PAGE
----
The Muslim-majority country has recently experienced a lot of changes in terms of liberalising the use of other religious symbols and celebrating non-Muslim holidays.
Saudi Arabia, which hosts Islam’s two holiest mosques, is a seemingly changed country under Crown Prince Mohammed Bin Salman’s cultural revolution, allowing various events to take place from fashion shows to film festivals across the kingdom.
Most recently, Christmas trees, some of which were priced at around 3,000 dollars, have surprised many Saudi citizens around the kingdom as Riyadh shows how tolerant it has been toward non-Muslim religious festivities. The kingdom started easing restrictions on Christmas celebrations last year.
Christmas has long been a controversial issue across the Islamic world as more conservative Muslims see it as part of the West's cultural colonialism.
In the past, Riyadh banned all non-Islamic celebrations in public as the country’s official Wahhabi religious ideology regards it as a form of blasphemy. But under MBS, that understanding has been replaced with a more liberal understanding of non-Muslim holidays.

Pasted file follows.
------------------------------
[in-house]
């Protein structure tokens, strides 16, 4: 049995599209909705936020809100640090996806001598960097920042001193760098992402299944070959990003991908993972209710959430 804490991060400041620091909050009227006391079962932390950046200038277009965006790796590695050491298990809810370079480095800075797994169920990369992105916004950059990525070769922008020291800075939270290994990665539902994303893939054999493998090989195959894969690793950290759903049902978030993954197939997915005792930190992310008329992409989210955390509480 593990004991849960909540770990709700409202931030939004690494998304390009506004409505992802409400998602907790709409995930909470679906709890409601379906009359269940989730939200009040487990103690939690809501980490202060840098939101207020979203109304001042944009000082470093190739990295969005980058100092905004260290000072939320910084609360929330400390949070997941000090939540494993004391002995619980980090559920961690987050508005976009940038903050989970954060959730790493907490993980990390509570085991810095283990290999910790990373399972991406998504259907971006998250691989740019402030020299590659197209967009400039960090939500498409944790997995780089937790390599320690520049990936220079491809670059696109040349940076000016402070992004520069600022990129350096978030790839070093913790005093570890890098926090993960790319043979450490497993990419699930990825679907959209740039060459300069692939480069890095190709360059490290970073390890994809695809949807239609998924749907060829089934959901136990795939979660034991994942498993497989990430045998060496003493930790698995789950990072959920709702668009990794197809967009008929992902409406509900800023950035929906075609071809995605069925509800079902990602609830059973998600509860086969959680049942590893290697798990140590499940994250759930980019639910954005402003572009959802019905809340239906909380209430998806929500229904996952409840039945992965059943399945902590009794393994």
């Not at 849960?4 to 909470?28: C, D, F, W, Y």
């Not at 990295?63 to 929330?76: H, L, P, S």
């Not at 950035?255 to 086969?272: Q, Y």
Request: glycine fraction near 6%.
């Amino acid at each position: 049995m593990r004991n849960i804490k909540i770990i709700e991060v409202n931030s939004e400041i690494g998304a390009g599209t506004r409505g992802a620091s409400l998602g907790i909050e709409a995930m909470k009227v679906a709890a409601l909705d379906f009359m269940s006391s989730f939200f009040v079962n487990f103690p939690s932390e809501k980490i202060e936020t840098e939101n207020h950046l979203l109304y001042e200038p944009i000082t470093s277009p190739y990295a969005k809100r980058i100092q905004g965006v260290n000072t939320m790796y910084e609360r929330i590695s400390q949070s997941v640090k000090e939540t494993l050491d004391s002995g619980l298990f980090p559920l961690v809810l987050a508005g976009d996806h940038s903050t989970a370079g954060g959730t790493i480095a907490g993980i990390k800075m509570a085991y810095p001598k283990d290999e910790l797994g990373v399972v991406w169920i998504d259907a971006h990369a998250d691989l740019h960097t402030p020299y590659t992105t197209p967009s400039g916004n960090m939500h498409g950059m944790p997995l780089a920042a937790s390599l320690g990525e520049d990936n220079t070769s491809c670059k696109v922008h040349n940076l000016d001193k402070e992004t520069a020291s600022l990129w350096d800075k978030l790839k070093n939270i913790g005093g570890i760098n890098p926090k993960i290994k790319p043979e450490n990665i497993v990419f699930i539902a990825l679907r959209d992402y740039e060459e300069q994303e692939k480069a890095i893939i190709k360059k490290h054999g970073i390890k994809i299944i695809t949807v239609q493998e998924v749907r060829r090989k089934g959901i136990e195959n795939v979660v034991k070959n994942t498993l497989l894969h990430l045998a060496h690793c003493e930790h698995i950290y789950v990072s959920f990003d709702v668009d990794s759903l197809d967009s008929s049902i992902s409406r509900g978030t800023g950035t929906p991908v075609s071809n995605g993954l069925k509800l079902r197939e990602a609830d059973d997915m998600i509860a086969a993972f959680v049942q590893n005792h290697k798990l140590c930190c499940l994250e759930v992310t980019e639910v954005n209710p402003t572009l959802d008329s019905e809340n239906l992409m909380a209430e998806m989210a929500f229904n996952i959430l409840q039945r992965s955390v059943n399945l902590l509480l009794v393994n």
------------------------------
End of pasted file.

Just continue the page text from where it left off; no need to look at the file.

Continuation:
“Now, Christmas cheer is creeping into Saudi Arabia as social restrictions ease under Crown Prince Mohammed bin Salman, who wants Saudis to have some fun and spend more money at home and needs foreigners to enjoy living here enough to stay and help build new industries unrelated to oil," The Wall Street Journal reported from Riyadh.
Saudi supermarkets are now full of Christmas trees, some very expensive ones, and other sale items related to the holiday as the country’s religious police avoid Christmas shoppers.
In October, the kingdom also took part in Halloween celebrations, an Anglo-Saxon-origin event, which has commercially spread to several other countries.
But Santa Claus can still not ring his bell in Saudi Arabia. “They are only strict with Santa Claus,” said a salesman to the WSJ, referring to the country’s religious police.
New Saudi face
Under MBS’ new reforms, Saudis are embracing Western-led global culture from pop stars to sports events, but it’s not clear whether these changes are just cosmetic or not as criticism toward the country’s human rights record continues to pile up.
Last month, Canada’s Justin Bieber performed in Jeddah in front of a large audience as famous models like Alessandra Ambrosio and Sara Sampaio modelled new designs to customers in fashion shows. The kingdom also hosted the Red Sea Film Festival, which screened many movies even from countries like Iran, a country at loggerheads with the Kingdom.
This year, Saudi authorities even allowed movies like “Father Christmas Is Back” to screen in the kingdom. Since 2018, Saudi movie theaters have been allowed to screen international films.
Some Muslim intellectuals have long criticised the changes as decorative. Top down changes, which do not care about ordinary citizen’s values and customs, have faced popular resistance, leading to the emergence of religiously-inspired groups across the Islamic world, according to Serif Mardin, a leading Turkish intellectual.